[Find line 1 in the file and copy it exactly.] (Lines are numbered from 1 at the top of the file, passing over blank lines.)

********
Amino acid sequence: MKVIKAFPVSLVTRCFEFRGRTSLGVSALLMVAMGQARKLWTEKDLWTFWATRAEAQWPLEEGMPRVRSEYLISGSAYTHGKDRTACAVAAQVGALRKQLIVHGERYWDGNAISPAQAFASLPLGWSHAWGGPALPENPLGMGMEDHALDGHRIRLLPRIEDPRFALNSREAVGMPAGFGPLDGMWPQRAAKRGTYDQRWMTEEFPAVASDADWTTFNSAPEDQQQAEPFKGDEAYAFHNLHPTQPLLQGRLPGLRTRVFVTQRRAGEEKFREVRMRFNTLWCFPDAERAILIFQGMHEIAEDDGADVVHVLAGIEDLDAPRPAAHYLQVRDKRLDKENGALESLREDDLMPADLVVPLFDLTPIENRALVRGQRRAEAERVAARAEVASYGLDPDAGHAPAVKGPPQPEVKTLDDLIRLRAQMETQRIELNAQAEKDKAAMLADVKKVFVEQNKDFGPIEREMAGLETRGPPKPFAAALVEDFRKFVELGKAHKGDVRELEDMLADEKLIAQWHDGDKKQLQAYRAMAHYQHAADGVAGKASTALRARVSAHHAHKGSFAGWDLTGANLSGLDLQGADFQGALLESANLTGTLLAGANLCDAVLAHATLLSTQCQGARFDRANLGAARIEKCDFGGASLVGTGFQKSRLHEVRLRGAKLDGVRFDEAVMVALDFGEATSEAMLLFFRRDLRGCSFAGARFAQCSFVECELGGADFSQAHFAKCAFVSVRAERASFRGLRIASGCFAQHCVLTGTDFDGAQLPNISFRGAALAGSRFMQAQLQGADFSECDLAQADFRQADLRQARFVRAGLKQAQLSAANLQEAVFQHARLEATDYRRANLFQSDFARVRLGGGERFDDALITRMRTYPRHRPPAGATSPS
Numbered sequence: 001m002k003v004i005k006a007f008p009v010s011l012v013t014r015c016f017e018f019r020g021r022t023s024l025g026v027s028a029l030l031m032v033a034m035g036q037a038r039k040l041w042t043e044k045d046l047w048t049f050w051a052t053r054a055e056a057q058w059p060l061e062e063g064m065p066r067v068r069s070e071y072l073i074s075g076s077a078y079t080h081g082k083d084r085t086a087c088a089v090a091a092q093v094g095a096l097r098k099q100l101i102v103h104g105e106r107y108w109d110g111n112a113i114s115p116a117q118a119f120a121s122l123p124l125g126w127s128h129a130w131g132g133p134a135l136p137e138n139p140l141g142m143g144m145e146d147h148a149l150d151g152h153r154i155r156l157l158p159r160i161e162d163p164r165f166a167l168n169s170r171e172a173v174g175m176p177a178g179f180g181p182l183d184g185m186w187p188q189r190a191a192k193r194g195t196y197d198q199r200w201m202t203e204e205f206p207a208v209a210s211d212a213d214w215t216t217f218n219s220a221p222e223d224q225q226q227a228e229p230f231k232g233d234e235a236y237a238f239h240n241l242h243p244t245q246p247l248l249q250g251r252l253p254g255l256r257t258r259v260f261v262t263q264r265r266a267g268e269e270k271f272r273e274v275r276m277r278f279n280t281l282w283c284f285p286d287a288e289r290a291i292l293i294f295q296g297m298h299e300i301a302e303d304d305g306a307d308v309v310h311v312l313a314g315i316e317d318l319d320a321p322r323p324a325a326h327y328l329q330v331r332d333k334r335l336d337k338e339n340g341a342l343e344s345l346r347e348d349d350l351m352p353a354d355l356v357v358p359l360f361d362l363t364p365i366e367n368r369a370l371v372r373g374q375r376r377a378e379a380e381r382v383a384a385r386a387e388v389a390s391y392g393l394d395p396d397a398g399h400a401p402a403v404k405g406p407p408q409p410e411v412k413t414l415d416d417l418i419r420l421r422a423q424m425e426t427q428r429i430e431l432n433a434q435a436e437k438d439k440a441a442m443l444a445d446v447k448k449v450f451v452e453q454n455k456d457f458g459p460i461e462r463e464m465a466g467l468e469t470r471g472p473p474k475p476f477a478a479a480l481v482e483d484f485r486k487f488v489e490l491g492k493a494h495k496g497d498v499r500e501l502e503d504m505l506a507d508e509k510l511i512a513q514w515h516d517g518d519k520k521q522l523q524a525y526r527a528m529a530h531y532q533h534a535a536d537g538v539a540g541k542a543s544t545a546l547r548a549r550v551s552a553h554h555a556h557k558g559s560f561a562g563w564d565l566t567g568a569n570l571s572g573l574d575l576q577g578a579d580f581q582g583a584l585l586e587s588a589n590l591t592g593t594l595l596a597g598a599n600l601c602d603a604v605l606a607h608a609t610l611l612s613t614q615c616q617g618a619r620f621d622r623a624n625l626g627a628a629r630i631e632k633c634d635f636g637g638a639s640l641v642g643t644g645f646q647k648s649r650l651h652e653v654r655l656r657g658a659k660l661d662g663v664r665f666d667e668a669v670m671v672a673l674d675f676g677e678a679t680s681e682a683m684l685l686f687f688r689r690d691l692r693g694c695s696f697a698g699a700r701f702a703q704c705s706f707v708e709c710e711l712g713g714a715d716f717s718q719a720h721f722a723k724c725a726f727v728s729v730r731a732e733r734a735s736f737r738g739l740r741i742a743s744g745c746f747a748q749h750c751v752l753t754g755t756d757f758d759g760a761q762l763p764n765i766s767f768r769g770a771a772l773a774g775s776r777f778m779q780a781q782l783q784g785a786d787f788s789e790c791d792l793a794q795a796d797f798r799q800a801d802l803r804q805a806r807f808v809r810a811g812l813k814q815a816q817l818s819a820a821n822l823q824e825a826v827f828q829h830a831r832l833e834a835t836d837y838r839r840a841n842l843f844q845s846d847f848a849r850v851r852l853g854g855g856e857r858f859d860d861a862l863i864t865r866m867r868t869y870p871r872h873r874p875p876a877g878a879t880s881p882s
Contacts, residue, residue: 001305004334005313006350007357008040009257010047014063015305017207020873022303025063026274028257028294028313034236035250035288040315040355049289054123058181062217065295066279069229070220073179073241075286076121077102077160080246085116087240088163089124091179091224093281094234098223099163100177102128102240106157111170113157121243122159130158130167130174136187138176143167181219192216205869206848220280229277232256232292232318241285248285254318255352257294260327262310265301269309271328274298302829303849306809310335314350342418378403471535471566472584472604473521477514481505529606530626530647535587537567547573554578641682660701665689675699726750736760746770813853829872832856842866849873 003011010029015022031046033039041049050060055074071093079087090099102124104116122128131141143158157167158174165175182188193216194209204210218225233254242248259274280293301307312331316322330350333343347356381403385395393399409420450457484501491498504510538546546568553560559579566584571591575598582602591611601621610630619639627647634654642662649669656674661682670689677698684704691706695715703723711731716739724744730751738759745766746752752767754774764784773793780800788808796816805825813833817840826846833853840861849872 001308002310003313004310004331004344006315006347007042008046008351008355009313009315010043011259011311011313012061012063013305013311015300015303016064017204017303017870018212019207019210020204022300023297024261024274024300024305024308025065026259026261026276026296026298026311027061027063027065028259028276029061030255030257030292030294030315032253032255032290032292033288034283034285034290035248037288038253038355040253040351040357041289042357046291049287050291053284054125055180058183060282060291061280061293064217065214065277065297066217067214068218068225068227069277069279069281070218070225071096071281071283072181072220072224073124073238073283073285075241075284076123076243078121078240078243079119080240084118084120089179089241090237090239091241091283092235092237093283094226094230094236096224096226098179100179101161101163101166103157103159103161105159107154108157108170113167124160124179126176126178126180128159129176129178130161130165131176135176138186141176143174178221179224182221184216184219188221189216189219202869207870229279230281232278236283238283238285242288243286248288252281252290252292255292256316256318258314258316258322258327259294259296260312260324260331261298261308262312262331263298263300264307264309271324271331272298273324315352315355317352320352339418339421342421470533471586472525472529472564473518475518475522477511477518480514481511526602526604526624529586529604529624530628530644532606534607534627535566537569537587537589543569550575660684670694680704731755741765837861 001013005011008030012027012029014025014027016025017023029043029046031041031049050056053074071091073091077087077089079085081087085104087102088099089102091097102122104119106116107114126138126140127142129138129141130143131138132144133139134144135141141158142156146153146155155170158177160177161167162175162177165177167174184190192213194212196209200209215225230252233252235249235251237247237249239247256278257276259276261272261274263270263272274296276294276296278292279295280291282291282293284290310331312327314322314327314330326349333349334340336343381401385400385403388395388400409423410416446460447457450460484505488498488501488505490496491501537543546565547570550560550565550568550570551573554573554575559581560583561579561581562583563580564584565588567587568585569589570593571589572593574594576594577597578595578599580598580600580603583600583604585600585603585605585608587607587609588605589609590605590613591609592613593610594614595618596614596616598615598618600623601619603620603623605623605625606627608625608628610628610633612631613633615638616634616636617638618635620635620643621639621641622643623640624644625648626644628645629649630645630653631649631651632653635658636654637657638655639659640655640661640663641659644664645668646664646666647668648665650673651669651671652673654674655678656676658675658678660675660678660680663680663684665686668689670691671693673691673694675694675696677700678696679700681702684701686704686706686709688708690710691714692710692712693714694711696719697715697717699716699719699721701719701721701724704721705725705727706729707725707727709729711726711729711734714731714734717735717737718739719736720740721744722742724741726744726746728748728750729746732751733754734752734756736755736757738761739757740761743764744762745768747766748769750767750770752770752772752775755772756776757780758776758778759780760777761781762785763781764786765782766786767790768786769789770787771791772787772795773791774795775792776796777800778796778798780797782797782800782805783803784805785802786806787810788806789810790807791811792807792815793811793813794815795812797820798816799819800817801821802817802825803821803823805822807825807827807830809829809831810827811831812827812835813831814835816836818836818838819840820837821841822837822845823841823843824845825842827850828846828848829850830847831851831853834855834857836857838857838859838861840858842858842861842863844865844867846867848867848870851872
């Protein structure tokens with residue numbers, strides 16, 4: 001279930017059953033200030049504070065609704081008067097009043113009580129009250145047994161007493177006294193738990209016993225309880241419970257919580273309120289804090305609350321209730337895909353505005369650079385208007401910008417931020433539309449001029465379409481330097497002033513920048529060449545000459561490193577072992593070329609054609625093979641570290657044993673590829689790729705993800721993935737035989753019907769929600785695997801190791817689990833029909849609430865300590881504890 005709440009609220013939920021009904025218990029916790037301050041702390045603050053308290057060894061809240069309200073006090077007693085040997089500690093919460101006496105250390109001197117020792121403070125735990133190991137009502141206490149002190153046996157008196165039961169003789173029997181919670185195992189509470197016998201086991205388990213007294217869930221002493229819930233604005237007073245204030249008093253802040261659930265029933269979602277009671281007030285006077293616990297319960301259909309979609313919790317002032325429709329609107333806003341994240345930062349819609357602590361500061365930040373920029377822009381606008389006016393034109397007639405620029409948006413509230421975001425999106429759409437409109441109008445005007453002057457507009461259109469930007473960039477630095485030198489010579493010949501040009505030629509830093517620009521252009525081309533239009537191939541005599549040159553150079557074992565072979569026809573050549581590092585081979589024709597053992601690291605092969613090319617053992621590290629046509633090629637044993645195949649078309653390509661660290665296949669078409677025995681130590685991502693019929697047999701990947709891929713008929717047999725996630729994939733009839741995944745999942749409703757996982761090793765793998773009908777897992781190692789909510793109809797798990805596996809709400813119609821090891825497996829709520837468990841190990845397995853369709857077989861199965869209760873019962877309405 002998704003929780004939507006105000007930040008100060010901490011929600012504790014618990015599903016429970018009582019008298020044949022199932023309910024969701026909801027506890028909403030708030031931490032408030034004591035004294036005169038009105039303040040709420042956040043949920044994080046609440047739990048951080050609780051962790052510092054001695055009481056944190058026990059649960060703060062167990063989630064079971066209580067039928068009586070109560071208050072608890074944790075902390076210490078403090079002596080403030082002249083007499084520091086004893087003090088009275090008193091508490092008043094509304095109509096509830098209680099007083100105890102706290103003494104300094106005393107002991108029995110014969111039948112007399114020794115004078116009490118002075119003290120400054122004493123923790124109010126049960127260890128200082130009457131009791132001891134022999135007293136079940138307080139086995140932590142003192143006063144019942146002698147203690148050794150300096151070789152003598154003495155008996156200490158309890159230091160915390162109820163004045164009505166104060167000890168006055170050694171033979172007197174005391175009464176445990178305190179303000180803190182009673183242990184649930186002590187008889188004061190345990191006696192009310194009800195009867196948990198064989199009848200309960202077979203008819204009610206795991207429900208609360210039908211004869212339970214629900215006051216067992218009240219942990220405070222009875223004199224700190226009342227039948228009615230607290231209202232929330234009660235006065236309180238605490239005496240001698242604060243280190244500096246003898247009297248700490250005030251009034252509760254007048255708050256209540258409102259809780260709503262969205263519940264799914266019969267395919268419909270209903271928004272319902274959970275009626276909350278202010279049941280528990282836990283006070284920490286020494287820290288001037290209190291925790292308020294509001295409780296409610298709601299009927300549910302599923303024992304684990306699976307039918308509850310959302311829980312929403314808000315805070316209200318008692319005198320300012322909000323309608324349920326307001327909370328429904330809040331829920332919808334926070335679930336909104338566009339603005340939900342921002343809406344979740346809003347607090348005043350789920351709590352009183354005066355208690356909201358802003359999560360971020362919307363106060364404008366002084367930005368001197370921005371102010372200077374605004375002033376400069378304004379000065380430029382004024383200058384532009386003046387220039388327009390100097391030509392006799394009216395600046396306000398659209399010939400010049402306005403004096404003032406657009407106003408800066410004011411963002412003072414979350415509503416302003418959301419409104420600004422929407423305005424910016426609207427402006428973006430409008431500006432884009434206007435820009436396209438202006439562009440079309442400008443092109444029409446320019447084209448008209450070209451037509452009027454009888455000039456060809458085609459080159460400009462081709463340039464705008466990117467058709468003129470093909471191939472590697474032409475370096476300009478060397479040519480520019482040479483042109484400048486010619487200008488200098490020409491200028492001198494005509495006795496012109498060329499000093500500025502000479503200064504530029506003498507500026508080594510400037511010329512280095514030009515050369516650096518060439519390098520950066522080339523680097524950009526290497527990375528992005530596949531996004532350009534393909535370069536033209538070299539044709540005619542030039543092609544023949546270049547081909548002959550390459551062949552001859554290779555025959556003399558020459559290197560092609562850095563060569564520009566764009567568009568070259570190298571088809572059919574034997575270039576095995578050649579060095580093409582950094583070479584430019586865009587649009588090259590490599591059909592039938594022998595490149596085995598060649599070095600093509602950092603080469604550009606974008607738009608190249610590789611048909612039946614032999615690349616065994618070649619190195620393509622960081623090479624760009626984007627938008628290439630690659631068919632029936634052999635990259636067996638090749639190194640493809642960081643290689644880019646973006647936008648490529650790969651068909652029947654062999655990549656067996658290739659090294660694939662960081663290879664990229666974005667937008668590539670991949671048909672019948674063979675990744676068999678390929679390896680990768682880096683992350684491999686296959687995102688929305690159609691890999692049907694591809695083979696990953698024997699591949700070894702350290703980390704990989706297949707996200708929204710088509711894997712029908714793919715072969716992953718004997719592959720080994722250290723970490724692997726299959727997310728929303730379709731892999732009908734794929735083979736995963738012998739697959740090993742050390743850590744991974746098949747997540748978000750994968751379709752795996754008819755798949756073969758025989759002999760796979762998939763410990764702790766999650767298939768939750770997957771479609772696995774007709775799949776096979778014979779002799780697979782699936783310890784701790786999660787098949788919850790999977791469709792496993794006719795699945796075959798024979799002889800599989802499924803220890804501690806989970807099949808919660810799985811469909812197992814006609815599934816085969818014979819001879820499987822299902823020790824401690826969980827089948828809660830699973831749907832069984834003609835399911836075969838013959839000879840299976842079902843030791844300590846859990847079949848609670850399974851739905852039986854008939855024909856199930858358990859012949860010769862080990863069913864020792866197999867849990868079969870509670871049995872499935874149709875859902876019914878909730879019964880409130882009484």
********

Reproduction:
Amino acid sequence: MKVIKAFPVSLVTRCFEFRGRTSLGVSALLMVAMGQARKLWTEKDLWTFWATRAEAQWPLEEGMPRVRSEYLISGSAYTHGKDRTACAVAAQVGALRKQLIVHGERYWDGNAISPAQAFASLPLGWSHAWGGPALPENPLGMGMEDHALDGHRIRLLPRIEDPRFALNSREAVGMPAGFGPLDGMWPQRAAKRGTYDQRWMTEEFPAVASDADWTTFNSAPEDQQQAEPFKGDEAYAFHNLHPTQPLLQGRLPGLRTRVFVTQRRAGEEKFREVRMRFNTLWCFPDAERAILIFQGMHEIAEDDGADVVHVLAGIEDLDAPRPAAHYLQVRDKRLDKENGALESLREDDLMPADLVVPLFDLTPIENRALVRGQRRAEAERVAARAEVASYGLDPDAGHAPAVKGPPQPEVKTLDDLIRLRAQMETQRIELNAQAEKDKAAMLADVKKVFVEQNKDFGPIEREMAGLETRGPPKPFAAALVEDFRKFVELGKAHKGDVRELEDMLADEKLIAQWHDGDKKQLQAYRAMAHYQHAADGVAGKASTALRARVSAHHAHKGSFAGWDLTGANLSGLDLQGADFQGALLESANLTGTLLAGANLCDAVLAHATLLSTQCQGARFDRANLGAARIEKCDFGGASLVGTGFQKSRLHEVRLRGAKLDGVRFDEAVMVALDFGEATSEAMLLFFRRDLRGCSFAGARFAQCSFVECELGGADFSQAHFAKCAFVSVRAERASFRGLRIASGCFAQHCVLTGTDFDGAQLPNISFRGAALAGSRFMQAQLQGADFSECDLAQADFRQADLRQARFVRAGLKQAQLSAANLQEAVFQHARLEATDYRRANLFQSDFARVRLGGGERFDDALITRMRTYPRHRPPAGATSPS